If the player scored 1 or 2 Missio cards, they draw new Missio cards to replace them. Newly drawn Missio cards cannot be scored until the player’s next turn.
This completest the player’s turn. The next player in turn order sequence now goes starting with step 1 noted above.
A City Controlled
The game can end one of two possible ways:
The game continues until 1 player has earned a specific number of points. The number of points to end the game is determined by the number of players (ranging from 10 to 6 points). Play continues until the player to the right of the Starting Player finishes their last turn. Each player should have had an equal number of turns.
The game can also end when the Virtus draw deck is exhausted, shuffle the discard pile to form the second draw deck. When the second Virtus draw deck is exhausted, the game is over.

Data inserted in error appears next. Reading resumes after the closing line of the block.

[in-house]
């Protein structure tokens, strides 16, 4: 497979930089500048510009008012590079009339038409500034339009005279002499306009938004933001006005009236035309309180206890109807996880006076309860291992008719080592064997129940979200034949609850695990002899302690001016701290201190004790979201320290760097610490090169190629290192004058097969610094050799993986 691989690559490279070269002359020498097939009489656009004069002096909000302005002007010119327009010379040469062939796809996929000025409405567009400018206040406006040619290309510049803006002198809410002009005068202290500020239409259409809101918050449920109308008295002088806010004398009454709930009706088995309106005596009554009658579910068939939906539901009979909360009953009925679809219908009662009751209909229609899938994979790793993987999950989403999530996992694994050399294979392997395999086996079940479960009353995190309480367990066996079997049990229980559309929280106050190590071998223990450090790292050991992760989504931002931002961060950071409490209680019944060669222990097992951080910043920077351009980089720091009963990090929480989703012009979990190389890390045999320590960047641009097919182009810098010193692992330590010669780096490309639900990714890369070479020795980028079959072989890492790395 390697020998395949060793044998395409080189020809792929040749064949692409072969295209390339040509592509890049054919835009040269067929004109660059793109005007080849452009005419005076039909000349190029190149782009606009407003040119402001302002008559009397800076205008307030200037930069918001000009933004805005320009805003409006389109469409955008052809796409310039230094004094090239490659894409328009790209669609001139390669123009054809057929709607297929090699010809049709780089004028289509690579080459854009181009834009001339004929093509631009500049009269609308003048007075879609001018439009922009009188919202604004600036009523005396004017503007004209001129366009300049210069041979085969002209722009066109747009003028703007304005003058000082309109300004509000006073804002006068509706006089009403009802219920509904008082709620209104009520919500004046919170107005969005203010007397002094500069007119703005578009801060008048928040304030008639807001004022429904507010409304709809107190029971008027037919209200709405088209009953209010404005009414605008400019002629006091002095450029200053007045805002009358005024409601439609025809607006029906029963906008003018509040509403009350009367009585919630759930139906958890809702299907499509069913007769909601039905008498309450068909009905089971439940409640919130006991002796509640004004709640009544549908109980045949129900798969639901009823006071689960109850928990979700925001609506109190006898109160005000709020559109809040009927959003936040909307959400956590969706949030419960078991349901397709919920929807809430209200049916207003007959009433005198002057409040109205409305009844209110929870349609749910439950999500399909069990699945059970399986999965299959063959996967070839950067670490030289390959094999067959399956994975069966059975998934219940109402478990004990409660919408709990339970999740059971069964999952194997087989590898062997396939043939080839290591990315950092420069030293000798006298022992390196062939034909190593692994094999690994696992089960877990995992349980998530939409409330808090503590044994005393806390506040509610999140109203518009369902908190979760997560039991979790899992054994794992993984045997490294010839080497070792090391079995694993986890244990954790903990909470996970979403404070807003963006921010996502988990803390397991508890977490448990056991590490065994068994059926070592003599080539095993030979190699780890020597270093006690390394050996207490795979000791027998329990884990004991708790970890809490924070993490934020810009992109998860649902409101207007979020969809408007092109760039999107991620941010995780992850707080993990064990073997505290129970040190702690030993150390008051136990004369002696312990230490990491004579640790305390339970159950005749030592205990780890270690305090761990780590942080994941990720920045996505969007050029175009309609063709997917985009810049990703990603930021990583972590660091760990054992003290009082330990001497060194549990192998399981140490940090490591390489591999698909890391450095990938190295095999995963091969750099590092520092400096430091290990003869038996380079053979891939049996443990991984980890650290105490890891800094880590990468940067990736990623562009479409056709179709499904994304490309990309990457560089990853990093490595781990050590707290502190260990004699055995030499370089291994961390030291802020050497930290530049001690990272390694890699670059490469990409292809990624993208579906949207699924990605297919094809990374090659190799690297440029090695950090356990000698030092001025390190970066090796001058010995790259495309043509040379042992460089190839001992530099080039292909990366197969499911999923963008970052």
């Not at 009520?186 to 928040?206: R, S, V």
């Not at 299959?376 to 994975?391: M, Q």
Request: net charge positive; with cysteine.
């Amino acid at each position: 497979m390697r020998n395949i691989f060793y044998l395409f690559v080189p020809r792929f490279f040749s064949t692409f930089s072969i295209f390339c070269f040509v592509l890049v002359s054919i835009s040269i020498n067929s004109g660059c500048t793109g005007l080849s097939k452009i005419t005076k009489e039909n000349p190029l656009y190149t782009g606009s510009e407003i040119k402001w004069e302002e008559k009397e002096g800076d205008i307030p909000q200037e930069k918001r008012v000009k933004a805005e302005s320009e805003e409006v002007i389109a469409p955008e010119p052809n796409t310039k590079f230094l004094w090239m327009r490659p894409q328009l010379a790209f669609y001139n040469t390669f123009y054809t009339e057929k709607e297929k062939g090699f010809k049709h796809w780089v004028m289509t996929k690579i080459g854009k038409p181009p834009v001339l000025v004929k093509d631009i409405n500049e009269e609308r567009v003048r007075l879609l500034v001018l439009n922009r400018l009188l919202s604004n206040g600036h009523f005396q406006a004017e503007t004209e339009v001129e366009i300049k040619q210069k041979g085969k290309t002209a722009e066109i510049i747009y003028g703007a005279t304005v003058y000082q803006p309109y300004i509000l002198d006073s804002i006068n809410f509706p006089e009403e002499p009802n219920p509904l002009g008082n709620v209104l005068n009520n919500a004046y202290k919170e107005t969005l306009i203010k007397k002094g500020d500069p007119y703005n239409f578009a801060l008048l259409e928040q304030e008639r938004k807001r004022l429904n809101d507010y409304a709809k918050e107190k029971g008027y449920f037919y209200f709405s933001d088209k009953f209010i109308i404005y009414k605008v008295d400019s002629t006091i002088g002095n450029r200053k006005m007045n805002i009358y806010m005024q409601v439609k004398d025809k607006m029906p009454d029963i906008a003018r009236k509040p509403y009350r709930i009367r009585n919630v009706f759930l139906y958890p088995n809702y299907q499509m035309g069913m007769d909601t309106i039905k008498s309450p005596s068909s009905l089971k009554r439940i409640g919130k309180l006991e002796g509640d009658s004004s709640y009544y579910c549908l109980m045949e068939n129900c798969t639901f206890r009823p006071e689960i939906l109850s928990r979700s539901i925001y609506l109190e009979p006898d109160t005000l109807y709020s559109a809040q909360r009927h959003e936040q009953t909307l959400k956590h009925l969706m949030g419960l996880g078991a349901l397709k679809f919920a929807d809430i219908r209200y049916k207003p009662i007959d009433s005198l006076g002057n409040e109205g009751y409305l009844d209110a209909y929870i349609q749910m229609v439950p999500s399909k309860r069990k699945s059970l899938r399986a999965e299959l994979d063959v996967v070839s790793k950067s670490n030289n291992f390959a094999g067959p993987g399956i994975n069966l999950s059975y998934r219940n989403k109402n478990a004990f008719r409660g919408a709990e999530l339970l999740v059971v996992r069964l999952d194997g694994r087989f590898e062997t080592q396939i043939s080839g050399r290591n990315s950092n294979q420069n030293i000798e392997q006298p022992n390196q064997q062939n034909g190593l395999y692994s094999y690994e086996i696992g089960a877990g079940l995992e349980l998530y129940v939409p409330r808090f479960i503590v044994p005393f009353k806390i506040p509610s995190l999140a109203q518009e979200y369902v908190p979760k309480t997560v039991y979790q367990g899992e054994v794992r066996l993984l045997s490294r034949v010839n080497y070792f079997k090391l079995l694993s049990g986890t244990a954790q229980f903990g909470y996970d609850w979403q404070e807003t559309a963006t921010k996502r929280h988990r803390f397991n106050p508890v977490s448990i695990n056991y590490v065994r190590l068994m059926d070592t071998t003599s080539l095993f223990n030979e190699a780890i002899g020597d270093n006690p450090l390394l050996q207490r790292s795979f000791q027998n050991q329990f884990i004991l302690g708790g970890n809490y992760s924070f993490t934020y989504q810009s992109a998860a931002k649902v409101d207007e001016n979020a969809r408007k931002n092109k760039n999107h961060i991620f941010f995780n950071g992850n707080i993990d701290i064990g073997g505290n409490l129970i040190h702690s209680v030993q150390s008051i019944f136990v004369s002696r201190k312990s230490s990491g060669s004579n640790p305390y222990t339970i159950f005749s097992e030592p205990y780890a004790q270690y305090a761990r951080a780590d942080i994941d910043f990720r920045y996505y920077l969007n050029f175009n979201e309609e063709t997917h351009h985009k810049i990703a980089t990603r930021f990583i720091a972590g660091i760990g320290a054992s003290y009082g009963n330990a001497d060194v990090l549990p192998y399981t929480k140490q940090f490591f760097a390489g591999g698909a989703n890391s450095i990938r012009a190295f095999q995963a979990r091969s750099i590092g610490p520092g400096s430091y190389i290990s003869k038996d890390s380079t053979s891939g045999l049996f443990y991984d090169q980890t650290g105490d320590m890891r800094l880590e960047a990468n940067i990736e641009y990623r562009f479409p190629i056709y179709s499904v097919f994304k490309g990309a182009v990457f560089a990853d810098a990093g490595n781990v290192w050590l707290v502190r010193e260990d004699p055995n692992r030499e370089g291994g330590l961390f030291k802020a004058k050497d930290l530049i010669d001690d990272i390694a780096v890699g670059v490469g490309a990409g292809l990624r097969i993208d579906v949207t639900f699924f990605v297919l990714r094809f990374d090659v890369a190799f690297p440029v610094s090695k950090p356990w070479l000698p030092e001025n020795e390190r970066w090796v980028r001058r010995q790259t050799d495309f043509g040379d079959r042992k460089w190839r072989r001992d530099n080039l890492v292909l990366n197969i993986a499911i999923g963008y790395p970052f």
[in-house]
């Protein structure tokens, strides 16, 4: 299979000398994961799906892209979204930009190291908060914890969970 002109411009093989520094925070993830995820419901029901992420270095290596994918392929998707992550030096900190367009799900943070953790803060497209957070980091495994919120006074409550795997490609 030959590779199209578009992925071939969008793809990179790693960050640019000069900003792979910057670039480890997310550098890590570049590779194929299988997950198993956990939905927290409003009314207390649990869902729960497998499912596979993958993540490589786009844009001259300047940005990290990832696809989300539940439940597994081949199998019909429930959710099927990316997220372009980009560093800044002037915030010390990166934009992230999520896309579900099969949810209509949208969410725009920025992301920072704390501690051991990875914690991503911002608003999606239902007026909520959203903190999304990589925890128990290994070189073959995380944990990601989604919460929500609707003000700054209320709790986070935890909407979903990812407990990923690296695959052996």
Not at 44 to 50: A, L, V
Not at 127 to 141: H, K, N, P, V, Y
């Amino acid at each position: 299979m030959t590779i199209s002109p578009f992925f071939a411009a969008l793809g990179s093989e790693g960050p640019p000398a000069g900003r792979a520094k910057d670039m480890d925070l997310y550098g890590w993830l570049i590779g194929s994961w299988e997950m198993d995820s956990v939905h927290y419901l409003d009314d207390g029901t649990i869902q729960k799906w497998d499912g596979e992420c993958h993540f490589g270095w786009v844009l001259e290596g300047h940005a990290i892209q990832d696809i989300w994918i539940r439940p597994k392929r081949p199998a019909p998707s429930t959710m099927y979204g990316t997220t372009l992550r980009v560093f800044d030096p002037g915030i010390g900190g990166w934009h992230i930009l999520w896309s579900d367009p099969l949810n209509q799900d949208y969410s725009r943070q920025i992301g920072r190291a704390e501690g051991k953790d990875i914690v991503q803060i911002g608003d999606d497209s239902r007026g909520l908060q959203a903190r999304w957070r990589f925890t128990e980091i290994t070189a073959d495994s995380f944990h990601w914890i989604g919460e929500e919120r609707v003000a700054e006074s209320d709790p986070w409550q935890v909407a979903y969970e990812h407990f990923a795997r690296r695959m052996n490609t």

Points are now tallied and the player with the most points wins the game. Ties are broken by counting the total number of Missio cards scored, with victory going to the player who scored the fewest.
The game comes with an expansion and 3 different variants. Each is summarized here.
Manu Forti Game Expansion
This included expansion provides Virtus cards that can be used for their action or scored for points if certain conditions are met. If used for their action, the Virtus card is played as normal. If scored for points, the player presents the card and then places it in the same area as their scored Missio cards. After the player has scored a Virtus card, they can still score 1 or 2 Missio cards.